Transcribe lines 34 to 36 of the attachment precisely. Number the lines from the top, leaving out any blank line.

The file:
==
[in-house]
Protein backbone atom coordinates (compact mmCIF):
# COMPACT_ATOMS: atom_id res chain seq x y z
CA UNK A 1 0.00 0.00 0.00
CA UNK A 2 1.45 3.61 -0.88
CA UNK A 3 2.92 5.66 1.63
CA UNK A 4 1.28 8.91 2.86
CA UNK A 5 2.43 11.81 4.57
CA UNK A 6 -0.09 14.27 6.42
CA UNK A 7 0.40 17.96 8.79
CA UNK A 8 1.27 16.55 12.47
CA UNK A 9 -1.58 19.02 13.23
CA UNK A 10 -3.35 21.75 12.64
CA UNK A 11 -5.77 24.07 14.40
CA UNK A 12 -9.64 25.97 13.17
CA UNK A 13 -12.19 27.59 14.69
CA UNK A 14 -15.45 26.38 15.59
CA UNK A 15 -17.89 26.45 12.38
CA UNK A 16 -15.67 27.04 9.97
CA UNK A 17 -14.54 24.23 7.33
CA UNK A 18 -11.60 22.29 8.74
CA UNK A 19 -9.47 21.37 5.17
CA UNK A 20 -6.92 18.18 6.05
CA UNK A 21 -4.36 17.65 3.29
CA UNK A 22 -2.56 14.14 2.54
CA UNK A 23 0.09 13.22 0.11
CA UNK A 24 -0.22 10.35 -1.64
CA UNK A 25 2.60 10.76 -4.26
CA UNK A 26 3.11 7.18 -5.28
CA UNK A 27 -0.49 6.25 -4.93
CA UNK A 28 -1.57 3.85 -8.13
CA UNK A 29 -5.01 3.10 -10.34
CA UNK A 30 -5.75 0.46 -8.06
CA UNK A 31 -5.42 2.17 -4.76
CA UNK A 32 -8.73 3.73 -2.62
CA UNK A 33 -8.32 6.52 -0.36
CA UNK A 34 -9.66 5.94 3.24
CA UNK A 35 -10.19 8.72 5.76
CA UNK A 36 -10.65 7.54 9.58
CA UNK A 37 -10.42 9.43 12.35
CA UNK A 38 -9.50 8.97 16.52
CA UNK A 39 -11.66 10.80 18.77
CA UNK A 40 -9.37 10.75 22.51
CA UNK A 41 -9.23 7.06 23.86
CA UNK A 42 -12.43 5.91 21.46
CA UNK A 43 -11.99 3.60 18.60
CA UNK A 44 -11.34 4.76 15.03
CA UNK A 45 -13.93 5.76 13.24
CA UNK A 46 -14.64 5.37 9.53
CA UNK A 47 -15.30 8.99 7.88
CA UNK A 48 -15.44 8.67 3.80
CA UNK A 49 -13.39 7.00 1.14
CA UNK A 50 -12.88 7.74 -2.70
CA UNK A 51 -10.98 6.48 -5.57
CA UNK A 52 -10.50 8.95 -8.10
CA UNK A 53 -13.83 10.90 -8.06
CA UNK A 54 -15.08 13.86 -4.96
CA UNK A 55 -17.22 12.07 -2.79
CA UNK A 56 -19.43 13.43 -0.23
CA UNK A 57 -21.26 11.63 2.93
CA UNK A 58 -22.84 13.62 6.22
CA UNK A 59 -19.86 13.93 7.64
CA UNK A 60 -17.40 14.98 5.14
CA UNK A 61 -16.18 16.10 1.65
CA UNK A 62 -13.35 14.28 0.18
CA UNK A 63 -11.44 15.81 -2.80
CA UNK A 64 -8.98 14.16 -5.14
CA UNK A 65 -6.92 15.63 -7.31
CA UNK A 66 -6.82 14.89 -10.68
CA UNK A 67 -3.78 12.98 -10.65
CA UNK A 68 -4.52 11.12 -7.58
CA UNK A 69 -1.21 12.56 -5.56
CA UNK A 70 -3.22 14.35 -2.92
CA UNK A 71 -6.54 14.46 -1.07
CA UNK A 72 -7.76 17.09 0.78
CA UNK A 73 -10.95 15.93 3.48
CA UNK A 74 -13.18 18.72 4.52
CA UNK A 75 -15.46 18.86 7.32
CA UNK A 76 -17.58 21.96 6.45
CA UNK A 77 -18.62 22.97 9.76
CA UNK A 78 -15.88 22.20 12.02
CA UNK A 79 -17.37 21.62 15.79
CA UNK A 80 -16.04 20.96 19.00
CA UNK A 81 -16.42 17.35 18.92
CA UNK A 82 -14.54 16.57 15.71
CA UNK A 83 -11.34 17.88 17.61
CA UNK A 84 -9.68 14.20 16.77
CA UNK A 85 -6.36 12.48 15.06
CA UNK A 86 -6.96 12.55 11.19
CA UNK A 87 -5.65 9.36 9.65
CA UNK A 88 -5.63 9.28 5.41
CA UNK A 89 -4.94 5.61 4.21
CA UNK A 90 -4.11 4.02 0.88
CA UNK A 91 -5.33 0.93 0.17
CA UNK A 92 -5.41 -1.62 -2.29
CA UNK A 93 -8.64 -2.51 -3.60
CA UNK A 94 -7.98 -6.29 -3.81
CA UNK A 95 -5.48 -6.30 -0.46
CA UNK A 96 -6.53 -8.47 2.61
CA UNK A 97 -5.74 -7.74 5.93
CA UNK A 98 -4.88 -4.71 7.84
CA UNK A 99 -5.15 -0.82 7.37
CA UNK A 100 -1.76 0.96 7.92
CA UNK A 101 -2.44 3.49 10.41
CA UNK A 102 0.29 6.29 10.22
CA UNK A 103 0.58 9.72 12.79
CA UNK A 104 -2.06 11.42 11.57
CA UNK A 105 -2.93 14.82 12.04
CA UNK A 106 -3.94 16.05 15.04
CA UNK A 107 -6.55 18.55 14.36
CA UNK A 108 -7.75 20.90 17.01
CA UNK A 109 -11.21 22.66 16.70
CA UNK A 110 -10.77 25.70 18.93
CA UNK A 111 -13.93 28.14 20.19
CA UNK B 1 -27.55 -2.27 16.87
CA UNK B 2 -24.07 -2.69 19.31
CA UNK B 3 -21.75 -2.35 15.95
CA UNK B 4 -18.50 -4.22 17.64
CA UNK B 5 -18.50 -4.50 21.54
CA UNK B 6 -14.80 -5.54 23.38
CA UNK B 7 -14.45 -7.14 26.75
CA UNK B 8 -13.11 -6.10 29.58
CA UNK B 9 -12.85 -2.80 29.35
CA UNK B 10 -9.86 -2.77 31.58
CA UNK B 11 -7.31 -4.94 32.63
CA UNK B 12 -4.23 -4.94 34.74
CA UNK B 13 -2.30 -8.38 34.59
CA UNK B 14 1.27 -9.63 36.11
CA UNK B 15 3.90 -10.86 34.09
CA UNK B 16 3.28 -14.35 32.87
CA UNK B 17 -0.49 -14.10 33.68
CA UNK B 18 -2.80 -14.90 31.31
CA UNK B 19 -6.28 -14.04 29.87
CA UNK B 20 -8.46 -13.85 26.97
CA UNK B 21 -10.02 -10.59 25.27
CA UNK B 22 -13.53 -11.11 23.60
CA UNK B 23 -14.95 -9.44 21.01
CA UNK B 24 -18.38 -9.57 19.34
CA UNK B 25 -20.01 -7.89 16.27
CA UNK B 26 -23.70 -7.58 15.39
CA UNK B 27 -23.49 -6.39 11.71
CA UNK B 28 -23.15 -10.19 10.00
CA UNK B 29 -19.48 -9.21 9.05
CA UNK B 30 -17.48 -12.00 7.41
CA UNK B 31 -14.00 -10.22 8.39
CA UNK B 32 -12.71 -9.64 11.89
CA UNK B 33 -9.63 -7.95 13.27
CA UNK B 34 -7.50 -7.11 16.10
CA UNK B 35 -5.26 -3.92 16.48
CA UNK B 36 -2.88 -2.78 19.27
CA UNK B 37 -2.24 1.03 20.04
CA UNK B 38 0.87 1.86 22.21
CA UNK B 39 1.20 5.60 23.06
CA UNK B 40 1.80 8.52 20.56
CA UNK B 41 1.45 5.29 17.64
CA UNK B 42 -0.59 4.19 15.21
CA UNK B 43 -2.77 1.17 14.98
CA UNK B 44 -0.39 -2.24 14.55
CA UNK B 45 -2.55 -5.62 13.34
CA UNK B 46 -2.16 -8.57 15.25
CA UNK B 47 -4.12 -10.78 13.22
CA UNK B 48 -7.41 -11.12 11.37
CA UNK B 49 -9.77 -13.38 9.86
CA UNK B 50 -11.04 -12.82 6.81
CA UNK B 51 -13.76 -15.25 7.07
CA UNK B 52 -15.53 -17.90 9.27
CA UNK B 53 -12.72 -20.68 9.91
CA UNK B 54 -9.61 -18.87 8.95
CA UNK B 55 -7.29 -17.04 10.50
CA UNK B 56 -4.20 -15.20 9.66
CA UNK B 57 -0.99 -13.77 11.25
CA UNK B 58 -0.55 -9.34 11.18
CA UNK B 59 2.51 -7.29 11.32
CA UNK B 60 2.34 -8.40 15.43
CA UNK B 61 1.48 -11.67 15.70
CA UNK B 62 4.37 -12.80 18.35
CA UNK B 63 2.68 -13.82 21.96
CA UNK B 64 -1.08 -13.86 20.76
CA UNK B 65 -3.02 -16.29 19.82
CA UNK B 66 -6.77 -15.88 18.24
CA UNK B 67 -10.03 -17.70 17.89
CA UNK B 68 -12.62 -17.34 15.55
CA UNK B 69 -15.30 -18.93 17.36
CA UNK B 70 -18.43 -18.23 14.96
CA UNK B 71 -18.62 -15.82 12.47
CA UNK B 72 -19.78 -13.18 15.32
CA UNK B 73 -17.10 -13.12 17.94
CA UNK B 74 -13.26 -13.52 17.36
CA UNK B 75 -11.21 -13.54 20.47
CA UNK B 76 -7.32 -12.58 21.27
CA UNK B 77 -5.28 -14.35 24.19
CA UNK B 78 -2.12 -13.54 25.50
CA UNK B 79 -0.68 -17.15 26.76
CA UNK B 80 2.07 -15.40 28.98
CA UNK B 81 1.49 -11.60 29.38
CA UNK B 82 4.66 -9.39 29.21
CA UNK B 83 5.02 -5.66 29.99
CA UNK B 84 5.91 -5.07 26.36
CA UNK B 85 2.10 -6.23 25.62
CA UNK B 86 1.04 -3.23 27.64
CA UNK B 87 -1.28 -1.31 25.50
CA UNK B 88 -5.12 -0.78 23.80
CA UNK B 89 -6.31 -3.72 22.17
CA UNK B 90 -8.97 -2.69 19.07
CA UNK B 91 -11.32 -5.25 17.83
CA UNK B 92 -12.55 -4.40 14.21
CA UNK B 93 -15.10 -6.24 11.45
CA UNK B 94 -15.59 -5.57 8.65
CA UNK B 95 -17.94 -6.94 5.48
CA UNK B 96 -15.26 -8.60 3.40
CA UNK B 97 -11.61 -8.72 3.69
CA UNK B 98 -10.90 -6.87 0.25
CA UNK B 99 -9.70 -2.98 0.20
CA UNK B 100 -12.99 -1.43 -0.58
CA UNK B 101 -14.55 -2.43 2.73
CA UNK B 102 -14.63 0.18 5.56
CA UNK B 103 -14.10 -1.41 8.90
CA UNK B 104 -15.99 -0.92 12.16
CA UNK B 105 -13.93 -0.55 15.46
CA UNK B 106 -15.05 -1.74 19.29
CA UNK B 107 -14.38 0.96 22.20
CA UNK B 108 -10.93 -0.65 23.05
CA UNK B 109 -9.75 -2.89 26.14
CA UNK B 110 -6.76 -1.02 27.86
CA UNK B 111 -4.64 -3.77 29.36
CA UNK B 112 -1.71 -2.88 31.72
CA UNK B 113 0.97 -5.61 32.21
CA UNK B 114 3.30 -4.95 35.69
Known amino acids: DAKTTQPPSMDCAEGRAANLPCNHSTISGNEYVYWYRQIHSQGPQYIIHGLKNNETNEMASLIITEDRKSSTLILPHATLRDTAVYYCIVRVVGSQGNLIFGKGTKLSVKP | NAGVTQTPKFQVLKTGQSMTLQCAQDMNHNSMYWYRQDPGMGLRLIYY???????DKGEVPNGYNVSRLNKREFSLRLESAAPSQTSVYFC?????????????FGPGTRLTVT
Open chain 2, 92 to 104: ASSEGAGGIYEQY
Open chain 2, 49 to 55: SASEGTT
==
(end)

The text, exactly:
CA UNK A 31 -5.42 2.17 -4.76
CA UNK A 32 -8.73 3.73 -2.62
CA UNK A 33 -8.32 6.52 -0.36